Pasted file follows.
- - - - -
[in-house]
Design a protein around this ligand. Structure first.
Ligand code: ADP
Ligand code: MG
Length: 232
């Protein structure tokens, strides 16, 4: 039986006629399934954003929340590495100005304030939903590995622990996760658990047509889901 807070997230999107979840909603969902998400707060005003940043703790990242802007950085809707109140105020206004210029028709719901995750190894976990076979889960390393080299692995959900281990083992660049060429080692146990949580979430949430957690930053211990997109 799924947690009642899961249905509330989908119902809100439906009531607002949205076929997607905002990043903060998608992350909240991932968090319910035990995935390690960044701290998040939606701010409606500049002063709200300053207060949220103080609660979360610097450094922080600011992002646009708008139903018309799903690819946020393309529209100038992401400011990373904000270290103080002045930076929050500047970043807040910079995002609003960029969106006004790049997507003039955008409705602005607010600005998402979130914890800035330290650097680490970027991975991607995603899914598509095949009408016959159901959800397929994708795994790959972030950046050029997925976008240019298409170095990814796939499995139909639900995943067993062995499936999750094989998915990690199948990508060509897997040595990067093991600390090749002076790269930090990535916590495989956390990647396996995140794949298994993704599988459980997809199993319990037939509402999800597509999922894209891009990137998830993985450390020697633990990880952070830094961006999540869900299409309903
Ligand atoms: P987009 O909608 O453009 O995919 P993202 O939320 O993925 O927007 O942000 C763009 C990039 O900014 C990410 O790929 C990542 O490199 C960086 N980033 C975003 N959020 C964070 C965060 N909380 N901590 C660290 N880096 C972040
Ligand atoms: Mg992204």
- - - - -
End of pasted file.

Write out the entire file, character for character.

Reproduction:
[in-house]
Design a protein around this ligand. Structure first.
Ligand code: ADP
Ligand code: MG
Length: 232
């Protein structure tokens, strides 16, 4: 039986006629399934954003929340590495100005304030939903590995622990996760658990047509889901 807070997230999107979840909603969902998400707060005003940043703790990242802007950085809707109140105020206004210029028709719901995750190894976990076979889960390393080299692995959900281990083992660049060429080692146990949580979430949430957690930053211990997109 799924947690009642899961249905509330989908119902809100439906009531607002949205076929997607905002990043903060998608992350909240991932968090319910035990995935390690960044701290998040939606701010409606500049002063709200300053207060949220103080609660979360610097450094922080600011992002646009708008139903018309799903690819946020393309529209100038992401400011990373904000270290103080002045930076929050500047970043807040910079995002609003960029969106006004790049997507003039955008409705602005607010600005998402979130914890800035330290650097680490970027991975991607995603899914598509095949009408016959159901959800397929994708795994790959972030950046050029997925976008240019298409170095990814796939499995139909639900995943067993062995499936999750094989998915990690199948990508060509897997040595990067093991600390090749002076790269930090990535916590495989956390990647396996995140794949298994993704599988459980997809199993319990037939509402999800597509999922894209891009990137998830993985450390020697633990990880952070830094961006999540869900299409309903
Ligand atoms: P987009 O909608 O453009 O995919 P993202 O939320 O993925 O927007 O942000 C763009 C990039 O900014 C990410 O790929 C990542 O490199 C960086 N980033 C975003 N959020 C964070 C965060 N909380 N901590 C660290 N880096 C972040
Ligand atoms: Mg992204």